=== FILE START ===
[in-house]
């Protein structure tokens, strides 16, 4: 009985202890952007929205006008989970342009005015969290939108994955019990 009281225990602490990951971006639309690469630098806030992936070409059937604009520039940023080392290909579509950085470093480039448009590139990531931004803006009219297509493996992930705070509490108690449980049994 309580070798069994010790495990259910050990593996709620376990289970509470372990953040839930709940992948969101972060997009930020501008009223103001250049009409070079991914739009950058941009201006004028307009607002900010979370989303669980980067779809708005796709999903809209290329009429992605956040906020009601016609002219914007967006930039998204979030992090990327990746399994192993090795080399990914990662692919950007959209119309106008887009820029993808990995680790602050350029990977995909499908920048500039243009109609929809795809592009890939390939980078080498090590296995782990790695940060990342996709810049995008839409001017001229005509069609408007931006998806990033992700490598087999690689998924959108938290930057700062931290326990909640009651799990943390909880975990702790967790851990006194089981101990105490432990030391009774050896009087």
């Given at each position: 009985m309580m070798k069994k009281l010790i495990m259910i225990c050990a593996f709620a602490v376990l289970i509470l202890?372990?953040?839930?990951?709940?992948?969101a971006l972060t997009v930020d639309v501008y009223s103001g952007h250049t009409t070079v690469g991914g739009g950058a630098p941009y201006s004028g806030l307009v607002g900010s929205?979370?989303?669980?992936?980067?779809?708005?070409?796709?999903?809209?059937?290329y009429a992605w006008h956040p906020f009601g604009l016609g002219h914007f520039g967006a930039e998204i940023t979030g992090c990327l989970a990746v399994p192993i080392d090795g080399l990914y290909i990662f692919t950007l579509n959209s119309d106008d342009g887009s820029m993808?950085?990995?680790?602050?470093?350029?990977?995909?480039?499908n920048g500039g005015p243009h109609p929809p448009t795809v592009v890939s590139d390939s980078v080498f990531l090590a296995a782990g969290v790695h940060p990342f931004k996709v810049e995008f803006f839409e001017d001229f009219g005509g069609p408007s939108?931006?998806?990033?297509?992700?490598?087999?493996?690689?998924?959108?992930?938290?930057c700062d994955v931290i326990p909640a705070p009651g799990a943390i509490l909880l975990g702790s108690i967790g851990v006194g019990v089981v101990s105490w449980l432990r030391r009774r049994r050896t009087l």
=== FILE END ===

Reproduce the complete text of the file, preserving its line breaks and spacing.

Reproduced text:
[in-house]
């Protein structure tokens, strides 16, 4: 009985202890952007929205006008989970342009005015969290939108994955019990 009281225990602490990951971006639309690469630098806030992936070409059937604009520039940023080392290909579509950085470093480039448009590139990531931004803006009219297509493996992930705070509490108690449980049994 309580070798069994010790495990259910050990593996709620376990289970509470372990953040839930709940992948969101972060997009930020501008009223103001250049009409070079991914739009950058941009201006004028307009607002900010979370989303669980980067779809708005796709999903809209290329009429992605956040906020009601016609002219914007967006930039998204979030992090990327990746399994192993090795080399990914990662692919950007959209119309106008887009820029993808990995680790602050350029990977995909499908920048500039243009109609929809795809592009890939390939980078080498090590296995782990790695940060990342996709810049995008839409001017001229005509069609408007931006998806990033992700490598087999690689998924959108938290930057700062931290326990909640009651799990943390909880975990702790967790851990006194089981101990105490432990030391009774050896009087």
């Given at each position: 009985m309580m070798k069994k009281l010790i495990m259910i225990c050990a593996f709620a602490v376990l289970i509470l202890?372990?953040?839930?990951?709940?992948?969101a971006l972060t997009v930020d639309v501008y009223s103001g952007h250049t009409t070079v690469g991914g739009g950058a630098p941009y201006s004028g806030l307009v607002g900010s929205?979370?989303?669980?992936?980067?779809?708005?070409?796709?999903?809209?059937?290329y009429a992605w006008h956040p906020f009601g604009l016609g002219h914007f520039g967006a930039e998204i940023t979030g992090c990327l989970a990746v399994p192993i080392d090795g080399l990914y290909i990662f692919t950007l579509n959209s119309d106008d342009g887009s820029m993808?950085?990995?680790?602050?470093?350029?990977?995909?480039?499908n920048g500039g005015p243009h109609p929809p448009t795809v592009v890939s590139d390939s980078v080498f990531l090590a296995a782990g969290v790695h940060p990342f931004k996709v810049e995008f803006f839409e001017d001229f009219g005509g069609p408007s939108?931006?998806?990033?297509?992700?490598?087999?493996?690689?998924?959108?992930?938290?930057c700062d994955v931290i326990p909640a705070p009651g799990a943390i509490l909880l975990g702790s108690i967790g851990v006194g019990v089981v101990s105490w449980l432990r030391r009774r049994r050896t009087l």